Truck Driver Student to Business Owner Timeline

This question comes up all the time in class, “When should I buy a truck?” This is a very hard question to answer because it is based on a number of variables such as the experience of the person, determination for success, and mindset or business acumen. Not everyone should buy a truck or be in business for themselves and you can find a number of horror stories about owner operators that bought a truck and lost everything or people that found it was much more work than they thought and got back out of it after one truck. There are of course many success stories of owner operators that have created great lives for themselves and their loved ones but those are the people who have done it properly. So what should a new driver do?

I have a general timeline that I suggest to all new people getting into the industry and considering becoming an owner operator. It is fairly common in the industry although even I tried to become an owner operator too early and wasn’t successful. The reason, I didn’t understand the business of trucking well enough. I have now been in business for 15 years and realize some of the areas where we went wrong early on.

I remember coaching a team operation that insisted on doing things their way instead of listening to the advice given and ended up losing everything because they were too new. Understanding the trucking industry is a requirement before starting a trucking business. The industry and business are too different things. Try one without the other and you will have trouble making it. Taking the required steps in the proper order will help you be successful for the long term allowing you to build a business that is solid and can be grown over time.

When you are a student in school it can take time to learn to drive a truck, a 6-8 week course does not make you a professional driver just like buying a truck does not make you a successful owner operator.

truck driver in drivers cab
Becoming an owner operator can be a rewarding experience

Here is the timeline I suggest for new students determined to have a career in the driver’s seat.

Learning the Industry: 0-2 years of experience

As new drivers you need time behind the wheel. I suggest you find a carrier that hires new students and stay with that carrier for two years. Jumping around between jobs under this two year time frame can hurt your career more than help it. Learn the industry and the ways of trucking and all that come with it. This time is extremely important to the foundation of your career.

Perfecting Your Craft: 2-5 years of experience

Once you have reached the 2 year mark in your driving career options will open up for you. You may have found you like to drive certain areas, or haul certain types of freight. You may decide at this point to specialize in a certain part of the industry or maybe desire to work for a different carrier. This two to five year time frame is when you should be perfecting your craft and becoming a true professional driver.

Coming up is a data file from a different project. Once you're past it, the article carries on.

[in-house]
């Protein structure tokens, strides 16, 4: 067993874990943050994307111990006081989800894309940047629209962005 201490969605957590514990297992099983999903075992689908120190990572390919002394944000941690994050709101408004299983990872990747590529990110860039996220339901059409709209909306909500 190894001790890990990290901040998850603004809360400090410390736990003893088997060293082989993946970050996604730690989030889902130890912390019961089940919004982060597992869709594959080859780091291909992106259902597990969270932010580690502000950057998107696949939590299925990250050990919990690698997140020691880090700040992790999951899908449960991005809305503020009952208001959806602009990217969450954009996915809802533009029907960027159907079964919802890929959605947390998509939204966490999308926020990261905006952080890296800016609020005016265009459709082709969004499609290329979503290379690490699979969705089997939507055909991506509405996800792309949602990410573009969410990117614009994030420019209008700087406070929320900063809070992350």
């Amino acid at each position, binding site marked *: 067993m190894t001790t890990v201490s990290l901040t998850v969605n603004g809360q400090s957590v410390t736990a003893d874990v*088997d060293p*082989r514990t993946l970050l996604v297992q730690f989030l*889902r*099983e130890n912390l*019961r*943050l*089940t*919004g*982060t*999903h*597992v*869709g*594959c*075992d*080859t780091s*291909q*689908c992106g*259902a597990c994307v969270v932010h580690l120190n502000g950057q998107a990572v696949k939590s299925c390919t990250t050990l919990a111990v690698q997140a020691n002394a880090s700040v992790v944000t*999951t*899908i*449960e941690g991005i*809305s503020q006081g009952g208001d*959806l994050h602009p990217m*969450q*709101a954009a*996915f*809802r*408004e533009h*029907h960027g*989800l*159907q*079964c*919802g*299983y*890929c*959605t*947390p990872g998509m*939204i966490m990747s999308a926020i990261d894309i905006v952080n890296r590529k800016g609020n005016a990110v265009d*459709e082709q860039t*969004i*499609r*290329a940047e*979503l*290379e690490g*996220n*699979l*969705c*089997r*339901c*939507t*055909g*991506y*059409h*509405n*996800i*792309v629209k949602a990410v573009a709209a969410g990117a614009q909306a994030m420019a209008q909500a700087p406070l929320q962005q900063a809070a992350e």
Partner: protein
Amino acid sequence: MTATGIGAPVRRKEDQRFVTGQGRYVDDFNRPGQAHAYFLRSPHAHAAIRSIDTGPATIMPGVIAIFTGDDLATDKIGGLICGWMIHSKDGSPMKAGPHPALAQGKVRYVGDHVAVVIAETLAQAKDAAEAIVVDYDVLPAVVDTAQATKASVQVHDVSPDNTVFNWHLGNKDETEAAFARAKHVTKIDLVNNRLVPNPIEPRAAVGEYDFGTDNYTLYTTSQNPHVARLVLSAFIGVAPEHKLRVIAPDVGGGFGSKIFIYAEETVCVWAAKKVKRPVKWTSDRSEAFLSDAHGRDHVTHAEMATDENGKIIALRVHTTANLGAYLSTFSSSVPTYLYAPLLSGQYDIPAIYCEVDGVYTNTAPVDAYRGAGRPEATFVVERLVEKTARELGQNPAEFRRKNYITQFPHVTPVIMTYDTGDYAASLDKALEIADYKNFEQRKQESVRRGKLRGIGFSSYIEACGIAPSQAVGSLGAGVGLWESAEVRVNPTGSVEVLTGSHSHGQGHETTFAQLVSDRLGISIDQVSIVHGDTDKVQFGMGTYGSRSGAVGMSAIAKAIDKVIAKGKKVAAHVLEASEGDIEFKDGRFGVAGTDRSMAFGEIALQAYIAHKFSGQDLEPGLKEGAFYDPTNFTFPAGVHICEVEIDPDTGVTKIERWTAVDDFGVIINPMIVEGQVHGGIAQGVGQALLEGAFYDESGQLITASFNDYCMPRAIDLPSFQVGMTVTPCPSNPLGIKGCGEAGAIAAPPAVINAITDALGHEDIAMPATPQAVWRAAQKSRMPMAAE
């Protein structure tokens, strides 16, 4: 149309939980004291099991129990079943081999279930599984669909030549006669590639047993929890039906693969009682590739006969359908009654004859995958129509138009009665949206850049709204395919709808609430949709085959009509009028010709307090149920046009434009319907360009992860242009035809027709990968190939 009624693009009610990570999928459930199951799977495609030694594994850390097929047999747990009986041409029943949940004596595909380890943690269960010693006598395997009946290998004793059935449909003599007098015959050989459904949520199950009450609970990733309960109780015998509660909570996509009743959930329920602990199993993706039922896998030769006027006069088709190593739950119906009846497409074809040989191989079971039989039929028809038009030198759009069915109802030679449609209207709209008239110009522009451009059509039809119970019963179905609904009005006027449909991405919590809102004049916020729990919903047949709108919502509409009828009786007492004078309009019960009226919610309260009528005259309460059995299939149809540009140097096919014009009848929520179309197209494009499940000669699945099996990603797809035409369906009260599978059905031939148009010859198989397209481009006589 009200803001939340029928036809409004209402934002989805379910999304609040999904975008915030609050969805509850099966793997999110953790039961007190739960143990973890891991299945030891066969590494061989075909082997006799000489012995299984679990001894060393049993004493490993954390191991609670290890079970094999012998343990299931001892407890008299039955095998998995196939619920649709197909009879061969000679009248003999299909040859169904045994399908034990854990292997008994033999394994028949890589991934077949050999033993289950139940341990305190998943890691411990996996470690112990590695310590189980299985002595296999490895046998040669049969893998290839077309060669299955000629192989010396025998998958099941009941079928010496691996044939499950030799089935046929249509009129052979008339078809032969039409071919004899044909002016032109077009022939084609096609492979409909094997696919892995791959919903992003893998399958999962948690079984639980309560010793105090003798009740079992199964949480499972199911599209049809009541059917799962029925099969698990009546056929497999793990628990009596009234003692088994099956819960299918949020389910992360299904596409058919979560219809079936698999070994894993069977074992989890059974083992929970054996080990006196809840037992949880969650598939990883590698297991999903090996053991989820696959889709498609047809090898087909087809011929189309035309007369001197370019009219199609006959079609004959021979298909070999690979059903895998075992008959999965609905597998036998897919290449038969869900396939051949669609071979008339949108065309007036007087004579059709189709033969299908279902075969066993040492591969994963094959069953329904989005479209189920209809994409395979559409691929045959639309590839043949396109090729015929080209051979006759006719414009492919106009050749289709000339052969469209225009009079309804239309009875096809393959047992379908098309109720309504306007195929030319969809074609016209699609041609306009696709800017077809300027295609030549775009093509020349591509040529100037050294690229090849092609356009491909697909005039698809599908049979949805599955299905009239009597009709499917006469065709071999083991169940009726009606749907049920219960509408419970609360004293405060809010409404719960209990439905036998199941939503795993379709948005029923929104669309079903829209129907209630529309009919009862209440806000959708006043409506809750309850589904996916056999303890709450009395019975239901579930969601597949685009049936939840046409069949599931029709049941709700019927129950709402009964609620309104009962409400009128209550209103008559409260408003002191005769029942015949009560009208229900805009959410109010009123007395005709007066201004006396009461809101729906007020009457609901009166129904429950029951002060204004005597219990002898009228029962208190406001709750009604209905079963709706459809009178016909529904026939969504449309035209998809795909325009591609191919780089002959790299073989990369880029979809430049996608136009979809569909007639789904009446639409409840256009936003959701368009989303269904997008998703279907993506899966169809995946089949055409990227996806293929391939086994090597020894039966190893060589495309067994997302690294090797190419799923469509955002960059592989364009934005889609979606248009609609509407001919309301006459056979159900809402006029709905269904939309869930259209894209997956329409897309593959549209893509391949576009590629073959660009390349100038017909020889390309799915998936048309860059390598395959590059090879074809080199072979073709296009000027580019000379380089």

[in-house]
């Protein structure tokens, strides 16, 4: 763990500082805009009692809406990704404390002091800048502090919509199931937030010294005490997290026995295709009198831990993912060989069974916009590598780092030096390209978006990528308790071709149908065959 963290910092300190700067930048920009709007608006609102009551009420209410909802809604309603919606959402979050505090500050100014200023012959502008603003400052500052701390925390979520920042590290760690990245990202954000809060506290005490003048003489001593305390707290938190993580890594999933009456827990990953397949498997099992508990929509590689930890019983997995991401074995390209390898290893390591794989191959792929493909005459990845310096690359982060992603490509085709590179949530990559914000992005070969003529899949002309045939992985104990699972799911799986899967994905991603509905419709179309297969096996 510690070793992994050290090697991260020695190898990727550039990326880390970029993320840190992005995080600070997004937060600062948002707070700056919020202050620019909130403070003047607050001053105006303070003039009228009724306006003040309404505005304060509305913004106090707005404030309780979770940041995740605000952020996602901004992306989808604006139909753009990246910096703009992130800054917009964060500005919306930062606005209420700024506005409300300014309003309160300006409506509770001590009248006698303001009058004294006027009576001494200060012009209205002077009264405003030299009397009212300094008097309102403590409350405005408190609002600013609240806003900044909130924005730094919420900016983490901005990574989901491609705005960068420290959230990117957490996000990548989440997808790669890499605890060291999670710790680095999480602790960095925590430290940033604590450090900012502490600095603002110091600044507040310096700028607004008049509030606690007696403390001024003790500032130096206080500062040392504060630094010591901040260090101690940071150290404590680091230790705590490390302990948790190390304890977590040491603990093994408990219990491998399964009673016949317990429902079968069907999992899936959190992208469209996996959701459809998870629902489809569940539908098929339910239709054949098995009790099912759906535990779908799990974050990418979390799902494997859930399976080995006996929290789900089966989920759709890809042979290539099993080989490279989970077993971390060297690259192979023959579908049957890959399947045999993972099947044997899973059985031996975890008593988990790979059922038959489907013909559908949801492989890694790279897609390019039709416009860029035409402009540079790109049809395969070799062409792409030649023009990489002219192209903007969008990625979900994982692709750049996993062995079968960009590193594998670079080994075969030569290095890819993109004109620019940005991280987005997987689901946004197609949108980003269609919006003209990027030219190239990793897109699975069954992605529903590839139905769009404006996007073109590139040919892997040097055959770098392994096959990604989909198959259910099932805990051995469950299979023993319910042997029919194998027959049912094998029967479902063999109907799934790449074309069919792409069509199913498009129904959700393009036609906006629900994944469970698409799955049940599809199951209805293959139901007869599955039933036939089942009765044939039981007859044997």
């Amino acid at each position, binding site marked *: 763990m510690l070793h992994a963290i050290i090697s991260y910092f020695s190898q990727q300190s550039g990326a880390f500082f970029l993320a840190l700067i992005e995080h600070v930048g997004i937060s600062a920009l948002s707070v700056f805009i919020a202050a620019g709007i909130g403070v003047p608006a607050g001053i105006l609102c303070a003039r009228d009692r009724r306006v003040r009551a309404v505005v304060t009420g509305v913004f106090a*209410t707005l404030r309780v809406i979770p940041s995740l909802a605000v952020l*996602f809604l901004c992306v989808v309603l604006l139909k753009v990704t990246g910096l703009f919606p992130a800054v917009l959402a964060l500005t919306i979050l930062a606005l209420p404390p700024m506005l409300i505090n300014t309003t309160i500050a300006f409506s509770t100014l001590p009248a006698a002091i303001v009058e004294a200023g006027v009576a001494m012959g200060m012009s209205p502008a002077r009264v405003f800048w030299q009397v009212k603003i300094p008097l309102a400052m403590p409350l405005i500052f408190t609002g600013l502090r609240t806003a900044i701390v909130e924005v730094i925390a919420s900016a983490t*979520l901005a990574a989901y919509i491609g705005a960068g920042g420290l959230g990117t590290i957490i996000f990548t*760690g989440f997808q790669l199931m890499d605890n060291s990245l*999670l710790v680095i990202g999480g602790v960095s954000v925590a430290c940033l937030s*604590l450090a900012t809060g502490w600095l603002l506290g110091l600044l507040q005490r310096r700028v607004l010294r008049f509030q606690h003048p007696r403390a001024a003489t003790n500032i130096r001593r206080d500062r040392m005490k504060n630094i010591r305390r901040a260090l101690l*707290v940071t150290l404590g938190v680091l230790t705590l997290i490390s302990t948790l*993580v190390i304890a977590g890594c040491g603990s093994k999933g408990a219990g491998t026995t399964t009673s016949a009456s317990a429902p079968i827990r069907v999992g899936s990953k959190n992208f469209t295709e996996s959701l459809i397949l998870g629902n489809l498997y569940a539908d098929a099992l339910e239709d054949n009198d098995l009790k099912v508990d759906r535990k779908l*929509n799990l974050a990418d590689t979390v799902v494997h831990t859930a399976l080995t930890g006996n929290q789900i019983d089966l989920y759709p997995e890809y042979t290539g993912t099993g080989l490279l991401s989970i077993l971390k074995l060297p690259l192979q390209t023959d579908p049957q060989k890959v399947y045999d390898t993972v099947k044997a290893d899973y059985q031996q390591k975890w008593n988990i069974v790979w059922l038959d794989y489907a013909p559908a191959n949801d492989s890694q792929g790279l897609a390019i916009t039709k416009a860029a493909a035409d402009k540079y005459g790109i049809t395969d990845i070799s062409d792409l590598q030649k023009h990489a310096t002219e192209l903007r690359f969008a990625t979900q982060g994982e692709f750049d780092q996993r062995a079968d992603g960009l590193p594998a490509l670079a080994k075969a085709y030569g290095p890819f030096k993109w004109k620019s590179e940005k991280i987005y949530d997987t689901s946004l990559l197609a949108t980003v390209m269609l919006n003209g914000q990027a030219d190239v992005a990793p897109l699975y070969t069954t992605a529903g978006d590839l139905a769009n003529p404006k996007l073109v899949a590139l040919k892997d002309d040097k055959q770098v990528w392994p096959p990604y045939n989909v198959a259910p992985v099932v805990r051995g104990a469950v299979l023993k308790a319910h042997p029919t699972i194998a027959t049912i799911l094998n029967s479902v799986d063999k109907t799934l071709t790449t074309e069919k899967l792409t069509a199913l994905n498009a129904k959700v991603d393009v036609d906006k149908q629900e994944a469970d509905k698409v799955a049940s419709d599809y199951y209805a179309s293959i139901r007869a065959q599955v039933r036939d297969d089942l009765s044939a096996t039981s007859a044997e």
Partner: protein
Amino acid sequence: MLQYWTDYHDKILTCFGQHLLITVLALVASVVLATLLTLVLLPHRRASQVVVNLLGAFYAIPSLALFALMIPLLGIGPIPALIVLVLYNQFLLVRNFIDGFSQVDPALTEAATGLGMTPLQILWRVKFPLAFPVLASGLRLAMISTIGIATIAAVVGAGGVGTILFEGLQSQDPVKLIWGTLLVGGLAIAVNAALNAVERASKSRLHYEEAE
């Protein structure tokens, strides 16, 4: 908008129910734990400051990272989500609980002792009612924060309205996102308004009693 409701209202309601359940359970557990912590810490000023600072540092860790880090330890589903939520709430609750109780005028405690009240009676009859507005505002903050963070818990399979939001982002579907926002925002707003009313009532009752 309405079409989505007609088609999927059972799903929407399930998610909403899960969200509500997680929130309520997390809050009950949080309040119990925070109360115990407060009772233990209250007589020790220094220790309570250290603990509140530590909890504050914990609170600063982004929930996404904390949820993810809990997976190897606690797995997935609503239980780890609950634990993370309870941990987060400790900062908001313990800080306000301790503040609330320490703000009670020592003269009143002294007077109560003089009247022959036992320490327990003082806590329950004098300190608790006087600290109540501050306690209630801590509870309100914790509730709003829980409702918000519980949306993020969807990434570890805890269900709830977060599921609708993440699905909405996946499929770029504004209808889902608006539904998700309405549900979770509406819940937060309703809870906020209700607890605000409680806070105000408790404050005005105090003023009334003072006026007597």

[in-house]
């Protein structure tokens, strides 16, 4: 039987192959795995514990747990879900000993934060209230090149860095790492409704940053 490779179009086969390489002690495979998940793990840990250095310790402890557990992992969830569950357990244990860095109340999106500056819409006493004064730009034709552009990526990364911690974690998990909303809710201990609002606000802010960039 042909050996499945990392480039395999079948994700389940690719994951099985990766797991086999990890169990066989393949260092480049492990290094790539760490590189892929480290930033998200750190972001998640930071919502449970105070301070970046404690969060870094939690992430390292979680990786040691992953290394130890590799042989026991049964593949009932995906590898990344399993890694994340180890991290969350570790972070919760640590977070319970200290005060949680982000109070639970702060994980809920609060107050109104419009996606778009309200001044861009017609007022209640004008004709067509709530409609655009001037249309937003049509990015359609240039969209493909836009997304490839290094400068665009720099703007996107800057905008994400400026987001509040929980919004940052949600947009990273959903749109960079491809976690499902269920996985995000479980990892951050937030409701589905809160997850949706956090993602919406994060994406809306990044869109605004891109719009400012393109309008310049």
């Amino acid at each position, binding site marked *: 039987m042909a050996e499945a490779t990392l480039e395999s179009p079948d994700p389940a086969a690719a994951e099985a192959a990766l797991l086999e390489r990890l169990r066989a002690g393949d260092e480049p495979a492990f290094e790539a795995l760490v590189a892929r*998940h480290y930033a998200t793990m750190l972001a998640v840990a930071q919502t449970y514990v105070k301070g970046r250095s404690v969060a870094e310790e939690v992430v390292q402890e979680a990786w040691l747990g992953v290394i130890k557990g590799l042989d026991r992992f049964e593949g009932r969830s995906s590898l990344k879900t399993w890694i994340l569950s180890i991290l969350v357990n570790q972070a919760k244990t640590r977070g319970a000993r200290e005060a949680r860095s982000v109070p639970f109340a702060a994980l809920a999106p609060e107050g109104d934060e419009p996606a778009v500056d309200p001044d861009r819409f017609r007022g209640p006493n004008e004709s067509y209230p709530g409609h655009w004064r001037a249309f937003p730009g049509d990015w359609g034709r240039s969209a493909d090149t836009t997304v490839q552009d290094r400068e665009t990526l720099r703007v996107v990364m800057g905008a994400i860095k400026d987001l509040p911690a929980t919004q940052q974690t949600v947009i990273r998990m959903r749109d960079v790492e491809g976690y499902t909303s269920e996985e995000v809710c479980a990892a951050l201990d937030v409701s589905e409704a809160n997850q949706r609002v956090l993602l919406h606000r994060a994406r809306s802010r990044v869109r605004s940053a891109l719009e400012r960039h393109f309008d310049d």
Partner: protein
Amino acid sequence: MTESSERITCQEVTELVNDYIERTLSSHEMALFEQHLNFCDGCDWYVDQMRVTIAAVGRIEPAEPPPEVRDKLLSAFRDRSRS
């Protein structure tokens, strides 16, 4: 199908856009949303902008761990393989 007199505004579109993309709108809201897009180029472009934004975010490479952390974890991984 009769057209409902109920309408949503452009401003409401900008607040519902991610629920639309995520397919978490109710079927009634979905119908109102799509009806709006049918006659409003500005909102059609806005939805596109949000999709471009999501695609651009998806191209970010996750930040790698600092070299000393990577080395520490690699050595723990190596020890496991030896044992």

Contract Owner Operator: 5-10 years of experience

At the five year mark if you are still interested in becoming an owner operator then this is the suggested time to take that step. By now you should understand the industry and been starting to plan for the business side of the industry. You should be working at your carrier of choice and know the type of work you like to do. You would buy a truck and operate under a carrier’s authority learning the business of being a successful owner operator.

Independent Owner Operator: 10-20 years of experience

This step is for those with over ten years of experience. Being a truly independent owner operator means you will now operate under your own authority, find your own customers, and have to do all the behind the scenes administration on your own. This is not for the faint of heart.

I have heard of students being successful earlier than the timelines listed above but those people usually have a background or family in the trucking industry to guide them along. Someone new to trucking needs time to learn the ropes and jumping into a stage too early can cause failure instead of success. Trucking is one thing, business is another.

About the Author

The Truck Training Schools Association of Ontario (TTSAO) is an association of certified truck driver training schools, insurance providers, and carriers located within Ontario Canada. Learn more about them at

Bruce Outridge is a veteran in the transportation industry with over 40 years of experience in the industry in a variety of roles from driver to fleet supervisor and more. Today he is a media entrepreneur in the industry producing a number of programs within the trucking industry. You can learn more about Bruce, his work, and his trucking podcast at

Disclaimer: This article is written and based on the opinion of the author and is for general information only


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